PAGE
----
Halloween Safety Tips for Homeowners

If you are expecting trick-or-treaters tomorrow night, you’ve probably already hung pumpkin lights from the gutters and put out all of the Halloween decorations. But is your property kid-proof? These safety tips for homeowners will help you make Halloween fun and safe for all of your fright night visitors.

No Obstacle Courses

Keep pathways, driveways and the yard free of obstacles children might trip over. Remove any downspout extenders or extensions that span a walkway visitors will use to get to your front door. Sweep leaves from the steps and sidewalk, especially if they are wet. When using extension cords, they should be secured with duct tape if they cross a pathway.


While you want to have that dark mysterious spooky vibe, your home and property should be well-lit. Not everyone coming to your door will know their way around your yard. Ensure exterior lights are working properly; replace any burnt-out bulbs.

Don’t overload outdoor outlets.

Skip the flickering flames; they might make the pumpkins look scarier but not as safe. Use battery-powered candles in your jack-o-lanterns.


Keep animals inside and away from where you will be handing out treats. No matter how friendly or housebroken they are, pets can get overly excited by strangers “invading” their territory.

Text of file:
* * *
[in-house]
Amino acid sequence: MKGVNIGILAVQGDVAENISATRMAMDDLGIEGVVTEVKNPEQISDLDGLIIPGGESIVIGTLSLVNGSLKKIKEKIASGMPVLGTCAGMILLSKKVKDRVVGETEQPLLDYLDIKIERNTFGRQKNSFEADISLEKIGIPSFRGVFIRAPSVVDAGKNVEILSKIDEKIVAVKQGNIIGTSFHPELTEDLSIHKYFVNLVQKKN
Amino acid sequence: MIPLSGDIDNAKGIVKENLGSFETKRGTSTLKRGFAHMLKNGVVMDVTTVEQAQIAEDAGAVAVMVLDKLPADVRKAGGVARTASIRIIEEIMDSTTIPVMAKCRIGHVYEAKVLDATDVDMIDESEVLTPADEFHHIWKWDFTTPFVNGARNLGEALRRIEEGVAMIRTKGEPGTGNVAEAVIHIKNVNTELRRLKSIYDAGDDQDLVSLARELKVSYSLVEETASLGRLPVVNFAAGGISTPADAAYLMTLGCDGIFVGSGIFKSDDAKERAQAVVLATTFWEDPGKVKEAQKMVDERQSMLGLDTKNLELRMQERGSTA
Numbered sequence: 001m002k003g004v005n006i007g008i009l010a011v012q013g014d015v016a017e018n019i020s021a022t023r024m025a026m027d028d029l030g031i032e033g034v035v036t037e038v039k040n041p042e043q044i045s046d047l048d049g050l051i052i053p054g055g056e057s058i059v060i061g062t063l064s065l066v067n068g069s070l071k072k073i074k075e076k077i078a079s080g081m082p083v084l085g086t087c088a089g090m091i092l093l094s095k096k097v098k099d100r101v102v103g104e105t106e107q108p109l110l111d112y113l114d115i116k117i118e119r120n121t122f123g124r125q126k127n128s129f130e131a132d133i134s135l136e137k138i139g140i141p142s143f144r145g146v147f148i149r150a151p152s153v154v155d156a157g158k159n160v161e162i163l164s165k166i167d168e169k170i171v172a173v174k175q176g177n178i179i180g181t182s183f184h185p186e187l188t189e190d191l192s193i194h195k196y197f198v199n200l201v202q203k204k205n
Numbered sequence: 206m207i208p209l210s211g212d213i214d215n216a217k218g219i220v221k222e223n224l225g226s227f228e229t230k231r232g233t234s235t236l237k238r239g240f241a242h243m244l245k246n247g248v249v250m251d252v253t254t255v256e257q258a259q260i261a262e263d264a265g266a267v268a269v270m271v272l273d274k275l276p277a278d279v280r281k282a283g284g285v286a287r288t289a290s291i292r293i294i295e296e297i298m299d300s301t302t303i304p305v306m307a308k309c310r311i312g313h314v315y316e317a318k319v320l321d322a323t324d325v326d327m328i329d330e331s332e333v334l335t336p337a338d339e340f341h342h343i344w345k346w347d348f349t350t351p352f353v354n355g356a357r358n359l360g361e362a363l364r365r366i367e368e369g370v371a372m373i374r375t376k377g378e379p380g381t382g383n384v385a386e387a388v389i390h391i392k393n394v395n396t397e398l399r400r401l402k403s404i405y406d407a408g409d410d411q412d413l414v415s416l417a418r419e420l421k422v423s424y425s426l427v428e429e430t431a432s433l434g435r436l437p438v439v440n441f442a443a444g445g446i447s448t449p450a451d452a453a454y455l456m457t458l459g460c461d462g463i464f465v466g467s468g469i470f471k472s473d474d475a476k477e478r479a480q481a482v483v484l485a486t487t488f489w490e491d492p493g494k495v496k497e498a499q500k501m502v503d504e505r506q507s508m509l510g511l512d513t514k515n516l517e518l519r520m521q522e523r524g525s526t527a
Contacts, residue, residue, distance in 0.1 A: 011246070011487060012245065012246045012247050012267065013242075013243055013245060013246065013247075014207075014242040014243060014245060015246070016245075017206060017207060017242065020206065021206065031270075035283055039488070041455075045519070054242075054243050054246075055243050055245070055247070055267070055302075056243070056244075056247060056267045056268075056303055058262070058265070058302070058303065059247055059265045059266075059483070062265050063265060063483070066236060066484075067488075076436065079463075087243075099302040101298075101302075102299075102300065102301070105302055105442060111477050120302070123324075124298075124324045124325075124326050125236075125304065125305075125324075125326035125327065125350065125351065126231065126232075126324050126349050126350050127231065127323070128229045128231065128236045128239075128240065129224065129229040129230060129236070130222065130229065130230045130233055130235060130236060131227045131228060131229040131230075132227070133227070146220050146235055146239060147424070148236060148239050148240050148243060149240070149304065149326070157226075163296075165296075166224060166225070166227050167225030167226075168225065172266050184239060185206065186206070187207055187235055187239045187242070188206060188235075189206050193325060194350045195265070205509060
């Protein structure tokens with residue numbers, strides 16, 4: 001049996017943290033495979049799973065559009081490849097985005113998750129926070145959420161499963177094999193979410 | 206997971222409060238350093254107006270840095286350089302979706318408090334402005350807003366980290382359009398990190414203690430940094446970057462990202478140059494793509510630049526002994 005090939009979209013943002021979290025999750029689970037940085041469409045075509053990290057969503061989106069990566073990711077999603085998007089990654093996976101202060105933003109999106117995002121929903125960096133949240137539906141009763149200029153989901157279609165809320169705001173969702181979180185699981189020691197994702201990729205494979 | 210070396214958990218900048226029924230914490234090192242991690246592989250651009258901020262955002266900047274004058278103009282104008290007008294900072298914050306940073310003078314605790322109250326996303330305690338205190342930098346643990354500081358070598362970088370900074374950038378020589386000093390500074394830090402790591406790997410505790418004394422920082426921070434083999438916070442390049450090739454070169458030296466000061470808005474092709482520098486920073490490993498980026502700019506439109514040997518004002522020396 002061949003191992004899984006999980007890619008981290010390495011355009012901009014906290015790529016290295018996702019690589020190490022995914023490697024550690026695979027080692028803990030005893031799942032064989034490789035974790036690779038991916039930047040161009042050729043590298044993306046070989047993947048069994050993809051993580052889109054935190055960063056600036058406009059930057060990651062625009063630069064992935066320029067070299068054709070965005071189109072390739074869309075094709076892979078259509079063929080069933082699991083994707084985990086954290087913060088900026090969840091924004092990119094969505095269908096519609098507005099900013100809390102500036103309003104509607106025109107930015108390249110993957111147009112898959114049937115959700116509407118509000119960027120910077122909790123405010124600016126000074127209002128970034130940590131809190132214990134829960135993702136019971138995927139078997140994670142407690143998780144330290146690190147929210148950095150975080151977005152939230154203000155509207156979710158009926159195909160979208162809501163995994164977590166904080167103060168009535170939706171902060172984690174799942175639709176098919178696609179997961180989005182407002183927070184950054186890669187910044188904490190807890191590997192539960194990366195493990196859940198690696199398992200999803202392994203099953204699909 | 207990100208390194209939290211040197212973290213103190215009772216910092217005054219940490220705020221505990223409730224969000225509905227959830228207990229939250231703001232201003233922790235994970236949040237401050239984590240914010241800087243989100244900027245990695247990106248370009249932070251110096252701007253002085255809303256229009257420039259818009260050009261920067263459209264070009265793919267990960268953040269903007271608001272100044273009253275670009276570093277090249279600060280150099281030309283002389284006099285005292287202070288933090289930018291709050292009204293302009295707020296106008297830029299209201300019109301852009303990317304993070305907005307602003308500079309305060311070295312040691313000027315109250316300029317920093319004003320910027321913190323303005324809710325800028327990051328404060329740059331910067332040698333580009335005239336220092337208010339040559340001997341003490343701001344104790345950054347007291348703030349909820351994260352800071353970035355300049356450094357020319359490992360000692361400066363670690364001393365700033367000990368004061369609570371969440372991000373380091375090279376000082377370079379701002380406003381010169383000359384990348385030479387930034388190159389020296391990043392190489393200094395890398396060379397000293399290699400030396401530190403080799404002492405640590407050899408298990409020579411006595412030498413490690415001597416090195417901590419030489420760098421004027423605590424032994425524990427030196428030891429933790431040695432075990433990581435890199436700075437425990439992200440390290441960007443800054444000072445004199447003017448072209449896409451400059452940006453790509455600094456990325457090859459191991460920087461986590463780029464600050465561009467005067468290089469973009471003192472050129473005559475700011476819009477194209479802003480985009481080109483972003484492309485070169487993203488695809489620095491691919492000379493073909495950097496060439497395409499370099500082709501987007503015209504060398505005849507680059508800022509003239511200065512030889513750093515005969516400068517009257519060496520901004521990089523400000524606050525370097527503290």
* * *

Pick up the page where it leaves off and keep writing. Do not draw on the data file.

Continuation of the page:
Some Helpful Dos and Don’ts

  • Secure paper decorations to avoid flapping or tearing, particularly if they are near candles or open flames.
  • Limit the shock value of tricks – you don’t want to frighten (too much!) younger children.
  • Never leave treats unattended; don’t hand out candy if the packaging has been compromised.
  • Have non-food treats available for trick-or-treaters who are allergic to peanuts, chocolate, etc.
  • You’re inside; they’re outside – don’t invite children into your home unless they have an adult with them.

Not at Home

If you are not going to be home Halloween night, turn on your security system. Activate any motion-sensitive lights. Some homeowners feel more secure with the exterior lights by the front door turned on. However, others feel the house should be dark as a clear signal to trick-or-treaters that they should skip this one. Do what gives you the most peace of mind.